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Food Chem ; 319: 126529, 2020 Jul 30.
Artigo em Inglês | MEDLINE | ID: mdl-32199146


Claims in the lay literature suggest soaking nuts enhances mineral bioavailability. Research on legumes and grains indicate soaking reduces phytate levels, however, there is no evidence to support or refute these claims for nuts. We assessed the effects of different soaking regimes on phytate and mineral concentrations of whole and chopped almonds, hazelnuts, peanuts, and walnuts. The treatments were: 1. Raw; 2. soaked for 12 h in salt solution; 3. soaked for 4 h in salt solution; 4. soaked for 12 h in water. Phytate concentrations were analysed using high-performance liquid chromatography (HPLC) and minerals by inductively coupled plasma mass spectrometry (ICP-MS). Differences in phytate concentrations between treated and untreated nuts were small, ranging from -12% to +10%. Overall, soaking resulted in lower mineral concentrations, especially for chopped nuts, and did not improve phytate:mineral molar ratios. This research does not support claims that 'activating' nuts results in greater nutrient bioavailability.

Arachis/química , Nozes/química , Rosanae/química , Disponibilidade Biológica , Cromatografia Líquida de Alta Pressão , Nutrientes/química , Valor Nutritivo , Ácido Fítico/química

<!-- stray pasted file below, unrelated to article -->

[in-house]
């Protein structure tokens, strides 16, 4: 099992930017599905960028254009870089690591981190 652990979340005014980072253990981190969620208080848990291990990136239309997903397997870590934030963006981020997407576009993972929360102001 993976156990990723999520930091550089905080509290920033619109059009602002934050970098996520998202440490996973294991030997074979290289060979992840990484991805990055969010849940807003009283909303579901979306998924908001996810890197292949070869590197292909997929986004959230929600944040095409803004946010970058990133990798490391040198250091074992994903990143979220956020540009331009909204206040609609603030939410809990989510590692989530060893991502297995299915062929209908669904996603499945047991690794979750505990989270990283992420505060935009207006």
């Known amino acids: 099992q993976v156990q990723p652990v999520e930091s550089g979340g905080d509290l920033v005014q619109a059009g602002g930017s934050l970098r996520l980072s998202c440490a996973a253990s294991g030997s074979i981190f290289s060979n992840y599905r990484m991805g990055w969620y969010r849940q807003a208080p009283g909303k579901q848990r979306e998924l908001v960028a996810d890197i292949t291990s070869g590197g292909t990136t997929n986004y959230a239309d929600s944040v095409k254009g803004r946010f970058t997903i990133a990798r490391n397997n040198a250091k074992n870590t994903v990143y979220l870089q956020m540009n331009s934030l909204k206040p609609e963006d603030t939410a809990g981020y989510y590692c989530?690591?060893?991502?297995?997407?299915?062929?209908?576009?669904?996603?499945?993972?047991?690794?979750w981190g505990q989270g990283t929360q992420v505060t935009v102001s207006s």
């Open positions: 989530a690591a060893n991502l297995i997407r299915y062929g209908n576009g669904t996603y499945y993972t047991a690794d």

Mycologia ; 112(1): 133-153, 2020.
Artigo em Inglês | MEDLINE | ID: mdl-31860412


Inocybe (Inocybaceae) is one of the most diverse ectomycorrhizal genera in arctic and alpine habitats where the primary hosts are Salix, Betula, and Dryas. Subgenus Inocybe is common in these habitats and typically characterized by the presence of thick-walled pleurocystidia. Here, we focus on species that have angular or nodulose spores. Historically, over 30 taxa from this group have been reported from arctic and alpine habitats. Many names have been synonymized, whereas molecular analysis has revealed new species. Nuc rDNA internal transcribed spacer ITS1-5.8S-ITS2 (ITS) sequence data of 26 type specimens in this group now allow for further taxonomic clarification and comparison across continents of disjunct populations. Here, we compare ITS sequence data and the D1-D2 portion of nuc 28S rDNA (28S) from Rocky Mountain specimens with those of types and European reference material. We report 10 species from the Rocky Mountain alpine zone, all of which are conspecific with known European boreal, montane, or alpine species, and four are described as new; all have intercontinental distributions. Nodulose-spored Inocybe taxa that occur in the Rocky Mountain alpine zone include I. alpinomarginata, sp. nov., I. arctica, I. giacomi, I. leonina, I. murina, sp. nov., I. occulta, I. paragiacomi, sp. nov., I. phaeocystidiosa, I. purpureobadia, and I. subgiacomi, sp. nov. Remarkably, these species occur at elevations up to 4000 m and at latitudes as low as 36°N, hundreds of miles from the Arctic, the European alpine, and original type localities. Distributions are explained in part by host distributions and historical glaciation patterns. A key and full descriptions for Rocky mountain species are provided to promote species recognition.

Agaricales/classificação , Micorrizas/classificação , Filogenia , Agaricales/citologia , Agaricales/genética , Altitude , DNA Fúngico/genética , DNA Ribossômico/genética , Ecossistema , Micorrizas/citologia , Micorrizas/genética , Rosanae/classificação , Rosanae/microbiologia , Análise de Sequência de DNA , Esporos Fúngicos/classificação , Esporos Fúngicos/citologia , Esporos Fúngicos/genética , Estados Unidos